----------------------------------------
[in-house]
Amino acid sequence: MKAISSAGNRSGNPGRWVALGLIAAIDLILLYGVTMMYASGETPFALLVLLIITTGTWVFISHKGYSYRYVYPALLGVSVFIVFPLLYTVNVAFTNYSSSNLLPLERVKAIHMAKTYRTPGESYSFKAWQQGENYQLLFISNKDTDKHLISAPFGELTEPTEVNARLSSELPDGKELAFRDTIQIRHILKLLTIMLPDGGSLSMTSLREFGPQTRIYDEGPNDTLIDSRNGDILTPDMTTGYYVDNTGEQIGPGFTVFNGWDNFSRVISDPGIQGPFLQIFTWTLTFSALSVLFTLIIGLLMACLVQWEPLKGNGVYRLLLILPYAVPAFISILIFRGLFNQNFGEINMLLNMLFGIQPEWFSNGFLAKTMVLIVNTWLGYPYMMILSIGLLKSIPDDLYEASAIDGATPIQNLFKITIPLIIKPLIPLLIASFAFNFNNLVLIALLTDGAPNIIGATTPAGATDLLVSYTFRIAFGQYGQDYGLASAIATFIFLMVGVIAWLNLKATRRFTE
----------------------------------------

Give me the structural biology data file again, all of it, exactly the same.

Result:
[in-house]
Amino acid sequence: MKAISSAGNRSGNPGRWVALGLIAAIDLILLYGVTMMYASGETPFALLVLLIITTGTWVFISHKGYSYRYVYPALLGVSVFIVFPLLYTVNVAFTNYSSSNLLPLERVKAIHMAKTYRTPGESYSFKAWQQGENYQLLFISNKDTDKHLISAPFGELTEPTEVNARLSSELPDGKELAFRDTIQIRHILKLLTIMLPDGGSLSMTSLREFGPQTRIYDEGPNDTLIDSRNGDILTPDMTTGYYVDNTGEQIGPGFTVFNGWDNFSRVISDPGIQGPFLQIFTWTLTFSALSVLFTLIIGLLMACLVQWEPLKGNGVYRLLLILPYAVPAFISILIFRGLFNQNFGEINMLLNMLFGIQPEWFSNGFLAKTMVLIVNTWLGYPYMMILSIGLLKSIPDDLYEASAIDGATPIQNLFKITIPLIIKPLIPLLIASFAFNFNNLVLIALLTDGAPNIIGATTPAGATDLLVSYTFRIAFGQYGQDYGLASAIATFIFLMVGVIAWLNLKATRRFTE